Monthly Archives: July 2013

NetApp Did It – follow up to post on Facebook recovery codes

One of my favorite South Park episodes of all time is “The Simpson’s did it”. In that episode the creators of South Park enumerate every stupid asinine plot device the Simpsons ever used.

In the tech industry in the 1990’s we had a saying “IBM did it”. In other words, no matter how great an idea you think you might have had, IBM had already done it.

So I was tremendously gratified when a buddy of mine pointed out that NetApp did it in response to the Xorbas paper.

Here’s the patent and the key elements of the paper:

 “Specifically, a single diagonal parity block is calculated across a series of row parity groups. Upon the failure of any data blocks, each in an independent row parity group, the invention enables recovery of the data blocks using local row parity. Upon the failure of any two blocks within a single parity group, the invention facilitates recovery using a combination of local row parity and global diagonal parity calculations. Advantageously, the present invention allows more efficient (and easier) recovery of single failures in an array configured to enable recovery from the concurrent failure of two storage devices (disks) within a sub-array of the array. “

The good news is that the all of the the patent claims are written in terms of row and diagonal parity, protecting against exactly two failures.

Intriguingly when NetApp was looking at this technology we were focused on how do you make disks more reliable. What makes the Xorbas work fascinating is that they focused on how to make bricks (disk+compute) more reliable.

One of the objections to bricks, at the time, was that it was a very expensive product given the cost and performance of disk, CPU and memory. That kind of architecture would make sense if the compute was significantly more intensive than just file system operations. Otherwise you were spending a lot of money to add a small amount of disks compared to adding a shelf.

And the reality is that Isilon wasn’t quite as big a success as NetApp feared.

As a modest reflection on the past, at the time, I remember folks wondering how we could bring compute closer to the disks. And we had these ideas about vmware and virtualization and missed this whole big data thing entirely.

What we really missed was that the database layer was going to change radically to a scaleout architecture where a clustered file system that made disk more cost-effective and reliability more cost-effective would be tremendously valuable.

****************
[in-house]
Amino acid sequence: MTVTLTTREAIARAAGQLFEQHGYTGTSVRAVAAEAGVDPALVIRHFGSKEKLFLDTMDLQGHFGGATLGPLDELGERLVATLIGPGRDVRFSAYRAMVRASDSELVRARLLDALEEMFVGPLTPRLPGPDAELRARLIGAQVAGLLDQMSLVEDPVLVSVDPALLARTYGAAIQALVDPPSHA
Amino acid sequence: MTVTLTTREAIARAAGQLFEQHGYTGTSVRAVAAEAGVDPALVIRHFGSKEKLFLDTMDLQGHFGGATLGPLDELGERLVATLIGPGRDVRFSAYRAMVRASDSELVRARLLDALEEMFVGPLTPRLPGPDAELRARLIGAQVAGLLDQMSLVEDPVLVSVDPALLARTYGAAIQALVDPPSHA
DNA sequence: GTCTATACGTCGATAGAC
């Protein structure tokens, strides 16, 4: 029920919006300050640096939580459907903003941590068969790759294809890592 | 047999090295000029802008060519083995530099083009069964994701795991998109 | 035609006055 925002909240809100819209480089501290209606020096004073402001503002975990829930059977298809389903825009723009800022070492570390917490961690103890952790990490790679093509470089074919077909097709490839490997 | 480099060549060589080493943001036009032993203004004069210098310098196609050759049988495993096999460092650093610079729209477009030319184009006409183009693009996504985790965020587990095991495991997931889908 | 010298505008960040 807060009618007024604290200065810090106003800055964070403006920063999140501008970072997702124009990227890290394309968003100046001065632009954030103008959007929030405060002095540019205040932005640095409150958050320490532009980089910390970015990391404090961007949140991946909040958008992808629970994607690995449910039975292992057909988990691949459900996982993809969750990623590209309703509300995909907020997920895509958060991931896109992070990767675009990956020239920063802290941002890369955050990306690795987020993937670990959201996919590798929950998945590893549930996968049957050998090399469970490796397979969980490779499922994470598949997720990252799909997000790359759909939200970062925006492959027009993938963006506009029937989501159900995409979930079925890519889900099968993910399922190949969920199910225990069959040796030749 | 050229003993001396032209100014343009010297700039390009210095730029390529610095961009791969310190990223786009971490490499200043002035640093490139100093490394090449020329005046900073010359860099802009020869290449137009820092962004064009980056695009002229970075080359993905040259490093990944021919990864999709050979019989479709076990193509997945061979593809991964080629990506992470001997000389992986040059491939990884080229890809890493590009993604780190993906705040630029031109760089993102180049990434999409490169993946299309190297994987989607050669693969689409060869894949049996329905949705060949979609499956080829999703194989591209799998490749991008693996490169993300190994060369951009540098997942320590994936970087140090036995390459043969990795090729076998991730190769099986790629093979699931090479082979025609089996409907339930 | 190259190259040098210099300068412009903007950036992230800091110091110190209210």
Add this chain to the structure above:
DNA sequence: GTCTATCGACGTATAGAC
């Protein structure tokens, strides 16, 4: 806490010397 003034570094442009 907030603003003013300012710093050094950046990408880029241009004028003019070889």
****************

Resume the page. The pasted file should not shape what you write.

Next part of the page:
But we didn’t. And I was there, involved in those discussions and I was as blind to the opportunity as anybody else.

We were too focused on disk drives, not on the changing nature of compute. And missed how our technology could apply to that changing nature of compute.

So like IBM, NetApp did it and someone else will capitalize on it.



Time to invent a file system

In 2006, while at NetApp, I remember with horror the launch of Isilon.

Isilon’s product was everything Clustered ONTAP – aka GX – wanted to be.

One of the most intriguing aspects of the product was the use of Reed-Solomon codes to cut the amount of storage required. The downside, of course, was that rebuild was a bitch. The rebuild was so painful, that although the tech was interesting, our senior most architects were dismissive of the value.

They believed that the clustered storage solution and a clustered file system would deliver superior availability with better cost and faster rebuilds. Or something like that, I must admit that I have forgotten the details of the debates and don’t feel like pulling remembering everything.

The market failure of Reed Solomon codes, more or less convinced me that the right answer for the foreseeable future was 2x the storage costs.

And then I read this:

That is a nice summary of this paper:

This is a huge result. What it suggests is that storage availability is no longer tied  to 2x the storage infrastructure without taking an unacceptable hit on recovery.

A new file system that embraces this kind of encoding could be a good solution for a large class of applications that don’t need the RTO of 2x the storage. Making storage cheaper has always been a winning strategy for growing market share.

A new clustered file system built around this kind of erasure code or even a variety of erasure codes could be a significant new addition to the tech eco-system.

I wonder if something built ground up would look very different from adapting an existing system.


Starcraft II – Tactical depth

Been playing a lot of Starcraft II. Long story, but I finally got a rig that can play at 60 FPS (there is something magical at 60 FPS)…